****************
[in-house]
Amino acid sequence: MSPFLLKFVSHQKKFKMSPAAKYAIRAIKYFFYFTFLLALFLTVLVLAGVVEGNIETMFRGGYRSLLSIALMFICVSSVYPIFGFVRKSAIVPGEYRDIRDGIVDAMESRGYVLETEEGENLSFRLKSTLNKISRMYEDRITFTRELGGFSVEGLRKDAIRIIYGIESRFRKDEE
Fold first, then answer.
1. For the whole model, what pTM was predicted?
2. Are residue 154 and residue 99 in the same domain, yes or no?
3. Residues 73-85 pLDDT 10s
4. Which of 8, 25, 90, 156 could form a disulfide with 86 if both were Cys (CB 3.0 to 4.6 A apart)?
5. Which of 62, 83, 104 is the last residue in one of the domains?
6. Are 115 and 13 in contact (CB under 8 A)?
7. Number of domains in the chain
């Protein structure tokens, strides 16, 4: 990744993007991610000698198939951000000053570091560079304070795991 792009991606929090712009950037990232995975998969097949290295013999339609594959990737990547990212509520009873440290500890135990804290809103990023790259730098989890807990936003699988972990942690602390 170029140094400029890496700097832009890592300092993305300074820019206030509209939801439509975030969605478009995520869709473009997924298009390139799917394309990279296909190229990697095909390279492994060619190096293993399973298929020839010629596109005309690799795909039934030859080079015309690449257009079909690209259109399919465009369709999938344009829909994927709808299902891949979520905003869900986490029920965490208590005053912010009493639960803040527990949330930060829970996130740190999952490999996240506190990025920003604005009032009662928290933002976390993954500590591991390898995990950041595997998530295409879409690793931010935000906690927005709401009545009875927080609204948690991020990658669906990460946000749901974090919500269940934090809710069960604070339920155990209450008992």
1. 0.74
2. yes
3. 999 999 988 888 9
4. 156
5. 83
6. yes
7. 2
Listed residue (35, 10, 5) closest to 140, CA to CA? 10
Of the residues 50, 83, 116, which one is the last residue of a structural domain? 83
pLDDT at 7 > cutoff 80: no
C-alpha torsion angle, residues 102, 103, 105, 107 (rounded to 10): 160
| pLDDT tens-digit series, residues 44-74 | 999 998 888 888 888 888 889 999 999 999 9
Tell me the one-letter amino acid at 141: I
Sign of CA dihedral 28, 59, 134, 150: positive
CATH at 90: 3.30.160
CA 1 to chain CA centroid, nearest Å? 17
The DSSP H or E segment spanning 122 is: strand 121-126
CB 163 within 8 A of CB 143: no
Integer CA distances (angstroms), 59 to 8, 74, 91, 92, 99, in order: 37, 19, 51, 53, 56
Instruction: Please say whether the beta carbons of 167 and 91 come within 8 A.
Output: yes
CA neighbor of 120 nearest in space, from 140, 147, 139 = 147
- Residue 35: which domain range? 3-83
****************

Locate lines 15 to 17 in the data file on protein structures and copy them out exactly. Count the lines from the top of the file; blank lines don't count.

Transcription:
4. 156
5. 83
6. yes